How do you read the Bible?
This question might seem strange to ask. But how we read the Bible will determine how we understand it and apply it.
The Bible is a book composed of 66 books written by 40 authors over a span of 1500 years. Its message is a story of God’s creation falling into disarray because of sin and rebellion and how God redeems and rescues people and the world. And yet, many people struggle to read the Bible. The ancient practices, strange laws, foreign rituals, and obscure references can be off-putting.
For some people, it is easiest to just read the New Testament. It feels more relevant. Others like to simply choose a Bible verse and focus on the morality commended or the comfort it provides.
But the Bible is a grand story of God’s redemption that is rooted in historical events. The sovereign God who has worked in history has also preserved his works through his Word. And God’s history has a goal. That goal can be summarized quite easily: that all things in heaven and on earth are summed up in Jesus Christ (Eph. 1:10). From the beginning to the end, we are either looking back at the anticipation of his arrival to crush the serpent (Gen. 3:15), seeing him defeat Satan as he falls (Lk. 10:18), or awaiting his final arrival to end all suffering and crush the serpent once and for all (Rev. 20:2). In other words, we read the Bible as the history of God’s redemption (also called the “Redemptive Historical Method”).
The Redemptive Historical Method for reading the Bible understands that the Scriptures are 1) pointing to Christ, 2) rooted in history, and 3) progressively revealing God’s plan. When we see that there is an overarching flow to the Bible’s history that unfolds how Christ is the One we have been waiting for, our approach to Bible reading can be greatly helped. We can begin to see how each passage has a specific context for a specific people in a specific place and time, but how God is unfolding more of his work and bringing greater understanding as the story moves along. While Moses was speaking to Israel in the wilderness, Jesus could say that Moses was speaking of what would be revealed in Jesus (see Lk. 24:27).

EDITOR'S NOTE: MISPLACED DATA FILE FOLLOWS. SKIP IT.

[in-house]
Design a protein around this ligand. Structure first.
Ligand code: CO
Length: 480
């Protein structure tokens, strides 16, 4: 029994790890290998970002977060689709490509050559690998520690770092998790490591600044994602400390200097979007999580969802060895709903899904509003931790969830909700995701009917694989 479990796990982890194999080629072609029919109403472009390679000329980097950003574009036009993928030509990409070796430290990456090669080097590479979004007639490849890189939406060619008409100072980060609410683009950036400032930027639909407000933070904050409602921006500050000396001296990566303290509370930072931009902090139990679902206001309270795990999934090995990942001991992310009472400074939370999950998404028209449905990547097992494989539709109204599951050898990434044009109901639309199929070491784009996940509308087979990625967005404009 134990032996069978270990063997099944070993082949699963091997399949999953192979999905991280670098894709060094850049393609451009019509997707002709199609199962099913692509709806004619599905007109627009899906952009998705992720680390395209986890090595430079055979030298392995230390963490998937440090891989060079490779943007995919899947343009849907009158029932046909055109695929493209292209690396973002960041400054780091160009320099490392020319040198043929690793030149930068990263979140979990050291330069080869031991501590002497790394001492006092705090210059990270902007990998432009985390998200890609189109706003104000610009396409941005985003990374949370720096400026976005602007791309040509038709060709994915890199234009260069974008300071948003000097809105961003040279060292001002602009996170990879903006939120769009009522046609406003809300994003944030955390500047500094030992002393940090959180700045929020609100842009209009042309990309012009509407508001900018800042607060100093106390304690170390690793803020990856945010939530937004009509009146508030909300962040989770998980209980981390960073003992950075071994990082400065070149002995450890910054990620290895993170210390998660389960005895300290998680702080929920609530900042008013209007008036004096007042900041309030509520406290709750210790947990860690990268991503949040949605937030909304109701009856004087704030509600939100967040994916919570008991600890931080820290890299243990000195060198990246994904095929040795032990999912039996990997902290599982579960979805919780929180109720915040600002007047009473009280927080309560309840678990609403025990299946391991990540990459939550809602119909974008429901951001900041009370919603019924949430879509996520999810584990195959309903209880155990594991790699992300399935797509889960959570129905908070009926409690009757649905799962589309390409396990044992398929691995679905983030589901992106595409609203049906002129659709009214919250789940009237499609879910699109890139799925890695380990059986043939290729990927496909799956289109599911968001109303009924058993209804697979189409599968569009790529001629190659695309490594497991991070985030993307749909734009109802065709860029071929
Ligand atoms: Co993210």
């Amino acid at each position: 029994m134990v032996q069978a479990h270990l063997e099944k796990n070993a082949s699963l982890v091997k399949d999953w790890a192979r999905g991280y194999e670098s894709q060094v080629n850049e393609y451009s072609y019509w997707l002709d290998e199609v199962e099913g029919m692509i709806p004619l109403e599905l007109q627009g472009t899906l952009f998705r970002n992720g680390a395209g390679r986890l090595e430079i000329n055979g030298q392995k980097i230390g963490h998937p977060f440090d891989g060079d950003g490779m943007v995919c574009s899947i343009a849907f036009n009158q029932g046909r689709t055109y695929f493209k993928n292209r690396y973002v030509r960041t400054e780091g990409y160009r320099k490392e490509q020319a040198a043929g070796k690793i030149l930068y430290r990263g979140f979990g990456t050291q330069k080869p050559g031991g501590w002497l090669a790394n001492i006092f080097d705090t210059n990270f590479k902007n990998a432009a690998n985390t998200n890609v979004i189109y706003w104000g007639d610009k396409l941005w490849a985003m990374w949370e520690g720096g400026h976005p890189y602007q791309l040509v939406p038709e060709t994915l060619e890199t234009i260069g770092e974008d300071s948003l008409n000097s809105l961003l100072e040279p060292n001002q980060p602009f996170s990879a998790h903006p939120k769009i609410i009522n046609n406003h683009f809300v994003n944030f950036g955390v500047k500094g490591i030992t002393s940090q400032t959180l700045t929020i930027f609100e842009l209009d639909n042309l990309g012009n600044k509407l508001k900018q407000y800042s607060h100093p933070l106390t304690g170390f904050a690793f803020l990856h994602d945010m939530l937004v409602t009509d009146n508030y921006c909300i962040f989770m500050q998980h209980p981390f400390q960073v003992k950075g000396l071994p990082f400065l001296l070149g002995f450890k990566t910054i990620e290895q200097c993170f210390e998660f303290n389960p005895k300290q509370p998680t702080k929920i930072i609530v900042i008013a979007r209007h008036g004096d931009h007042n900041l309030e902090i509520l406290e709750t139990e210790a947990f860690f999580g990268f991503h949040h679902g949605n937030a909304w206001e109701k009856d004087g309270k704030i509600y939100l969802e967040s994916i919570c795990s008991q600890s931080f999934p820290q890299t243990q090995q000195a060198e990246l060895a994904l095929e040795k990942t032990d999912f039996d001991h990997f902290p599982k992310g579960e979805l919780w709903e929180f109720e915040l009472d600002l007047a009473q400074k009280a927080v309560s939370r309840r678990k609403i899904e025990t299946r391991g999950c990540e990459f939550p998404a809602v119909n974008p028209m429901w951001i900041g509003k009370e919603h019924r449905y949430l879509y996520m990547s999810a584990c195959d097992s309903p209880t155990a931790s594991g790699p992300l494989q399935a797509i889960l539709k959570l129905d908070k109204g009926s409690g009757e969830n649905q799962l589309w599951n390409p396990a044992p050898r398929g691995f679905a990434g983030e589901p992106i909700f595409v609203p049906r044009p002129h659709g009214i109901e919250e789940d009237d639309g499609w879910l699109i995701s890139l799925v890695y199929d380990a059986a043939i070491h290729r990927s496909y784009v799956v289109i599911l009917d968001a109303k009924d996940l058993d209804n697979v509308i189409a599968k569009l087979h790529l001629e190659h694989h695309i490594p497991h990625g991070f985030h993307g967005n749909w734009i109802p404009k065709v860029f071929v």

As we see that there is a grand story-line to Scripture, our approach to Bible reading should be greatly enriched in three ways.
First, God’s story takes precedent over my story. By asking how God is working out his plan of redemption, we resist the urge to make the Bible all about us. Yes, I am important to God. Yes, he has truths to reveal to me and work out in my life. But no, I am not the center of the story! By reading the Bible in this way, I am continually confronting my selfish nature that wants to make everything – even the Bible – about me!
Second, my application of the Bible story is greatly enriched and expanded. If I am reading first for personal application, there will be a lot of parts of the Bible that don’t seem relevant to my life. Why bother reading a genealogy? What’s the point of clean and unclean laws? However, if I read the Bible in light of God’s unfolding plan of redemption, I find that I am also part of this story and can identify with God’s rescue plan throughout history and anticipate his final victory whether I’m reading Leviticus or Luke.
Third, my delight in Christ will grow. As I look at the cherubim or the church, I can see the work of Christ. I can appreciate his saving power. What was hidden in the Old Testament is revealed in the New. What was a shadow for Israel is a light shining in my heart. Christ becomes more precious to me as I read the Bible through God’s work of redemption in history.
The Bible is so much bigger and better than a few verses for personal application. It is a message of rescue, hope, and victory. And a lifetime of reading the Bible will only increase your wonder as you open up the pages and find more good news than you could have ever imagined!
Take up and read!
How do you read the Bible?